City approves signing engineering agreement
Moving forward with the widening of the shoulder of U.S. Highway 81 at First Street, the Concordia city commission voted to approve Mayor Mark Matthew signing an agreement for engineering services with Campbell & Johnson, P.A.
Campbell & Johnson submitted a proposal for services including design, bid specifications, bid letting and construction inspection for the project at a cost of $39,460. It will be paid for out of the city's capital improvement fund and from Cloud County Coop Elevator Association, Inc./Concordia Terminal LLC.
Total estimated costs for the project is $313,720.
City manager Amy Lange informed the commission in January that the Cloud County Coop Elevator Association and Concordia Terminal LLC had offered to contribute 70 percent of the estimated cost of the project. The city will cover remaining 30 percent, or about $100,000, plus any cost overruns.
The commission, during the January 16 meeting approved authorizing Lange to proceed with a contract for design for the geometric improvement at the intersection.
The purpose of the project is to provide a wider turning radius required for heavy, slow-moving agricultural truck traffic that frequents the intersection.
Under the agreement with Campbell & Johnson, the field work and design engineering would be completed by October 1, 2019. The bidding phase will be completed by December 6 with commission approval of the project scheduled for December 19. The construction phase would begin March 1, 2020, with completed construction by June 13, 2020.
The city was originally looking at installing a right turn lane on U.S. Highway 81 at First Street with improvements to First Street and several intersections along First Street at an estimated cost of $2.6 million. That was the pared down to $660,000 for a turn lane only, and then to the current $313,720 project for the widening of the shoulder.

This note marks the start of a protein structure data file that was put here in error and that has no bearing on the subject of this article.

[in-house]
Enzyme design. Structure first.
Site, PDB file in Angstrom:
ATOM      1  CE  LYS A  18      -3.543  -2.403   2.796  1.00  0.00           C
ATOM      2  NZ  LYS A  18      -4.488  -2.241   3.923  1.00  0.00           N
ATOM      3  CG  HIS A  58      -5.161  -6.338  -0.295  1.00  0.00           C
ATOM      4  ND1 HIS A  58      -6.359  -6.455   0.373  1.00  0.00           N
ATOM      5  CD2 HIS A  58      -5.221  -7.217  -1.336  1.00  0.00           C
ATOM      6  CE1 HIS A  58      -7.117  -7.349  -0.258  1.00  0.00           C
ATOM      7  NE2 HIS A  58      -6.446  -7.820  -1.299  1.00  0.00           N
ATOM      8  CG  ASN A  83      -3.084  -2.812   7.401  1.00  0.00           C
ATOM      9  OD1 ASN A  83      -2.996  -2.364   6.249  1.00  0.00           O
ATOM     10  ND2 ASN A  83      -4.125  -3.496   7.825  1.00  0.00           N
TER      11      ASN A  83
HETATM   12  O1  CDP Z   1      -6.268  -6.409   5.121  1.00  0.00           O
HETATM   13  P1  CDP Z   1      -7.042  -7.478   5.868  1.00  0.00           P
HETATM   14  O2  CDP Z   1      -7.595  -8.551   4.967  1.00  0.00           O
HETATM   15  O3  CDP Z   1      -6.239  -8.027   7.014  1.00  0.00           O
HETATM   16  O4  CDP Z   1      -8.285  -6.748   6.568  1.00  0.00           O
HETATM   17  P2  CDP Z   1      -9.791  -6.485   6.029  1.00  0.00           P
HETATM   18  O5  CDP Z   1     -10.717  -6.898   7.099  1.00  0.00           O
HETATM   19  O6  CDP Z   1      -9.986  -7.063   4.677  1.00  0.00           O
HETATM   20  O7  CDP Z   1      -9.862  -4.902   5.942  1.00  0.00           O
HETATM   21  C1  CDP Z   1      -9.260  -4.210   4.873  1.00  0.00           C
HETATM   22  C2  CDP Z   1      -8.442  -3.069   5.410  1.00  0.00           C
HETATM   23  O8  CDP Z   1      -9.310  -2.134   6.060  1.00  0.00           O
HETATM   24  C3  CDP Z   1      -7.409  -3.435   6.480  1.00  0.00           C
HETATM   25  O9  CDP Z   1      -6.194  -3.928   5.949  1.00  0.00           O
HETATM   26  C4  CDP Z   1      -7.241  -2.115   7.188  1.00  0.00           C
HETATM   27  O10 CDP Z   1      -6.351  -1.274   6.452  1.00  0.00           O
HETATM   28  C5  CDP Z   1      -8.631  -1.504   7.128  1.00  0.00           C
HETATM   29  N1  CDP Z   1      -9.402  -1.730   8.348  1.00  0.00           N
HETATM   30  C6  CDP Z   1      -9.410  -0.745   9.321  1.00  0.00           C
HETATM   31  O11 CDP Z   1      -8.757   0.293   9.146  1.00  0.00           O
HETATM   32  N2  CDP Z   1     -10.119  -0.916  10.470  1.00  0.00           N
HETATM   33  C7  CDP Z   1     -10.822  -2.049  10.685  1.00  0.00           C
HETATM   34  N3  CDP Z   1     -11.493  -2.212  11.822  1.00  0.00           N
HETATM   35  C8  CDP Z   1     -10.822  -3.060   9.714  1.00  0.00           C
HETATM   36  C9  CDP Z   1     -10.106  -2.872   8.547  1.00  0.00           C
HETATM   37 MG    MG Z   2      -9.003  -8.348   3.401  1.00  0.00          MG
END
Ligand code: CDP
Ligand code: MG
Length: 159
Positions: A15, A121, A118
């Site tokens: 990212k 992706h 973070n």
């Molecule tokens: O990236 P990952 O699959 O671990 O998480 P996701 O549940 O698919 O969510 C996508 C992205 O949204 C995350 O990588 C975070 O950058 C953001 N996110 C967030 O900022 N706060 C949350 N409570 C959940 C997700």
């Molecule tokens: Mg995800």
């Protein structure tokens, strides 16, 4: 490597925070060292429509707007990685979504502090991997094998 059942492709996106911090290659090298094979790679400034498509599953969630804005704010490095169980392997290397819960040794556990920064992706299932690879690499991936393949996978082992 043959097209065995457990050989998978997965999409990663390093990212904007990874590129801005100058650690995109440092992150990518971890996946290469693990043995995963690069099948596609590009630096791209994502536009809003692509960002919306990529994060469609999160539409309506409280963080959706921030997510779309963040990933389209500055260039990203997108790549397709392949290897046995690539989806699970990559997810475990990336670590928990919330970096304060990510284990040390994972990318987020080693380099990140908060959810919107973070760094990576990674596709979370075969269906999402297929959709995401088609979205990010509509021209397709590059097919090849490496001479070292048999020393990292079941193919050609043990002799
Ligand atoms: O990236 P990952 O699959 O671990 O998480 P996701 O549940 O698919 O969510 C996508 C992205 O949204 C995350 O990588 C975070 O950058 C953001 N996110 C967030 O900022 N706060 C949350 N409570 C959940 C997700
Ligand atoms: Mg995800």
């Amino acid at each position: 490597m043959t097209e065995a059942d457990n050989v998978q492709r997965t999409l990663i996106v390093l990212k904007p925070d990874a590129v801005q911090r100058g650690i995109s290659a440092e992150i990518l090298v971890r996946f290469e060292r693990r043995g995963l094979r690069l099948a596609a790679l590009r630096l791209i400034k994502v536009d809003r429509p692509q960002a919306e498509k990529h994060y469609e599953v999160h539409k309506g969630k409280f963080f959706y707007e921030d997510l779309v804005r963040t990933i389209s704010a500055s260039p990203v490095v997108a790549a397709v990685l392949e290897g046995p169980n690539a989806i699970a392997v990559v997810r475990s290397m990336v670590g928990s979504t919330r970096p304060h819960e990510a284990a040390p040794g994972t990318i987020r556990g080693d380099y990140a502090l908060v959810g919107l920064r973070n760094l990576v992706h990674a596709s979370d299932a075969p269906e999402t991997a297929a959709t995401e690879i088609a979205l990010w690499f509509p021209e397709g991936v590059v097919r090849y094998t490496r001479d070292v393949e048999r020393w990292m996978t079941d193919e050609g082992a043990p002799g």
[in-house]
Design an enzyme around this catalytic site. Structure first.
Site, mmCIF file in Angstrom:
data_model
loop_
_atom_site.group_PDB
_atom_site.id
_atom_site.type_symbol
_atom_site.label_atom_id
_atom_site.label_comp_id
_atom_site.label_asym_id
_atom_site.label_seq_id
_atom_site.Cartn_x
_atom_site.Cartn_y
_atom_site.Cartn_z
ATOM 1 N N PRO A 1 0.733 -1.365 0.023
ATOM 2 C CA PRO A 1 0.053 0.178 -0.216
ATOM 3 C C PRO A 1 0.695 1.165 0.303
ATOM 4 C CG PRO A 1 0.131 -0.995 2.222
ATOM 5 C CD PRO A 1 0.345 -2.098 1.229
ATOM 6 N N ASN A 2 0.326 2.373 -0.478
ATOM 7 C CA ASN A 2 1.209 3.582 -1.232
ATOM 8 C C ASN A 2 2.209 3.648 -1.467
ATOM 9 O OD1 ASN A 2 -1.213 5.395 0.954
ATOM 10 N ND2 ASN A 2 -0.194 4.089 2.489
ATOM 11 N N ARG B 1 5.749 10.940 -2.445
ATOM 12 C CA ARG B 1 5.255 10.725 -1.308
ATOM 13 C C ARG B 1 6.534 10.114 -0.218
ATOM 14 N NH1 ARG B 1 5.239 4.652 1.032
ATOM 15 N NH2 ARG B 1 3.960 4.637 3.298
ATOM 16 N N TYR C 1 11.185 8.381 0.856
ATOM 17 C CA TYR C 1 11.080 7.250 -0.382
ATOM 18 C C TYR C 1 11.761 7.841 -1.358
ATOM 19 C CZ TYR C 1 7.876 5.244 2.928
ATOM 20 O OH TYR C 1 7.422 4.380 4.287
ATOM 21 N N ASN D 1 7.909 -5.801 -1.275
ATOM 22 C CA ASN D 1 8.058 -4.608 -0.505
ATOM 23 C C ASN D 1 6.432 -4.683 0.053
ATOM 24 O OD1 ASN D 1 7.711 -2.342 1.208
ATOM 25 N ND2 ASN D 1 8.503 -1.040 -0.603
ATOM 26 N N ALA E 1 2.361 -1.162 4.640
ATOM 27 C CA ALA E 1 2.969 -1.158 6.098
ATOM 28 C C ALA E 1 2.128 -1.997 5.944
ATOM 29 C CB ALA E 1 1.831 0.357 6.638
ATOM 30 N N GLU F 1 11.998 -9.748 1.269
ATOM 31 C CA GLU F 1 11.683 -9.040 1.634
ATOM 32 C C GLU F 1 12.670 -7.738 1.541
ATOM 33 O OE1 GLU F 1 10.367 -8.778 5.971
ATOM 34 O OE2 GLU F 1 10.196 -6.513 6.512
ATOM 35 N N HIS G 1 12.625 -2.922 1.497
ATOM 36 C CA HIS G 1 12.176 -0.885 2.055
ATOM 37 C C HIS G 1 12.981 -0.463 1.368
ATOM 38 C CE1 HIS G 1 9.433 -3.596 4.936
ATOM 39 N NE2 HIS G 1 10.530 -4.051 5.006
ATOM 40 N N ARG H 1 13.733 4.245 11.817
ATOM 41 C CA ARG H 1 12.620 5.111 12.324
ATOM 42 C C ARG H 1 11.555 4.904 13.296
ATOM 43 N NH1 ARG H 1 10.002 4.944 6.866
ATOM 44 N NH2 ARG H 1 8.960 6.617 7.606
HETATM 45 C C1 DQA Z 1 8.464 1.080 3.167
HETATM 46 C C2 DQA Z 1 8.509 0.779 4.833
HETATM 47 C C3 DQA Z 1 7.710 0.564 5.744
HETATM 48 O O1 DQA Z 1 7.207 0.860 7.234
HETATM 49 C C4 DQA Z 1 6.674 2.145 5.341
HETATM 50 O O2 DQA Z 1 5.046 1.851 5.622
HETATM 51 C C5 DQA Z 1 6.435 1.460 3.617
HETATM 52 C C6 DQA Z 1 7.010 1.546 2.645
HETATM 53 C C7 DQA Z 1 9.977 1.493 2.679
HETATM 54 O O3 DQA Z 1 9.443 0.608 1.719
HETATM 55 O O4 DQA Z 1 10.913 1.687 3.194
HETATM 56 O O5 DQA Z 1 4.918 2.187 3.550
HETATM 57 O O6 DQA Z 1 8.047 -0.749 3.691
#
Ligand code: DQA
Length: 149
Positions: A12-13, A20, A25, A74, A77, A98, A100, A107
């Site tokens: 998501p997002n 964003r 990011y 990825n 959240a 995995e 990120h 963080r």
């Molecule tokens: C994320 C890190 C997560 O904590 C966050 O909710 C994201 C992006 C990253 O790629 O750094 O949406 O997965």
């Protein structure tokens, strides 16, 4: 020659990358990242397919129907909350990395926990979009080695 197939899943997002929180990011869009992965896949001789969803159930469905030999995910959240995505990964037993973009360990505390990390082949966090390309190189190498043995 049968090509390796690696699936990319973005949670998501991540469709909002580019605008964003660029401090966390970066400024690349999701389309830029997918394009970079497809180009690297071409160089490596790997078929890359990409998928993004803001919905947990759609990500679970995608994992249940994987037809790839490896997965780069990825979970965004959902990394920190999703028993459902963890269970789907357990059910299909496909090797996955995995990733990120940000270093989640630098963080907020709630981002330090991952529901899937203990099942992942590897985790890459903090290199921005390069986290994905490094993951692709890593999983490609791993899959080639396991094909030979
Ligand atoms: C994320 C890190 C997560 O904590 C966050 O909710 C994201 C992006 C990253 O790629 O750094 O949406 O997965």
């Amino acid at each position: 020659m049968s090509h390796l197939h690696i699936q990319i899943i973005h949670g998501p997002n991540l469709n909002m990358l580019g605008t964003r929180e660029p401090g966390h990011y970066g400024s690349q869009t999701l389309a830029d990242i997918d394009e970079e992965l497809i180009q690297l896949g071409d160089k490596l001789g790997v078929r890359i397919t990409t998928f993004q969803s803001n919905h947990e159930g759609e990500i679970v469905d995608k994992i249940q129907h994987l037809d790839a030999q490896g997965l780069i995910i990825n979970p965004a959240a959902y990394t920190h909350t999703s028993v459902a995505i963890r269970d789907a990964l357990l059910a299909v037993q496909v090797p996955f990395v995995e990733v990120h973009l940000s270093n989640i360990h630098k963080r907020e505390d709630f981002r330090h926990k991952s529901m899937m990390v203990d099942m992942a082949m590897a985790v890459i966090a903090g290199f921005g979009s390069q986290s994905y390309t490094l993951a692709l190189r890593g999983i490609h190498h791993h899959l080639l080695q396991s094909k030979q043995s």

The city had applied for funding for the project from the Kansas Department of Transportation in 2016, 2017 and 2018, but was denied each time.
Ron Copple, the city's director of public works, sent proposals for engineering services to Campbell & Johnson and RMA Engineering, LLC. Both are located in Concordia.
Copple said he also advertised the project in the newspaper.
RMA Engineering did not submit a bid because of its current workload.
Also during the meeting, the commission approved a lease/purchase agreement for a Savin IM C4500 copier from Century Business Systems for $7,260 with a 36-month lease and a $1 buyout.
City clerk Stacey Smith informed the commission that the copier will replace the one at City Hall that was purchased from Century Business Systems in September 2012.
According to information provided by Smith to the commission, the new copier will keep the city current with technology.
The current Kyocera copier will be moved to the Concordia Fire Department.
New CloudCorp executive director Kim Reynolds introduced herself to the commission during the meeting.
Reynolds started as the executive director on January 2.
"It has been very eventful, and fun and a learning experience," Reynolds said.
Reynolds' duties include recruiting, retaining and helping with business expansion within the county.
"I also facilitate and collaborate with private businesses, public entities, non-profit organizations to make sure we are all working toward the same goals for economic development," Reynolds said.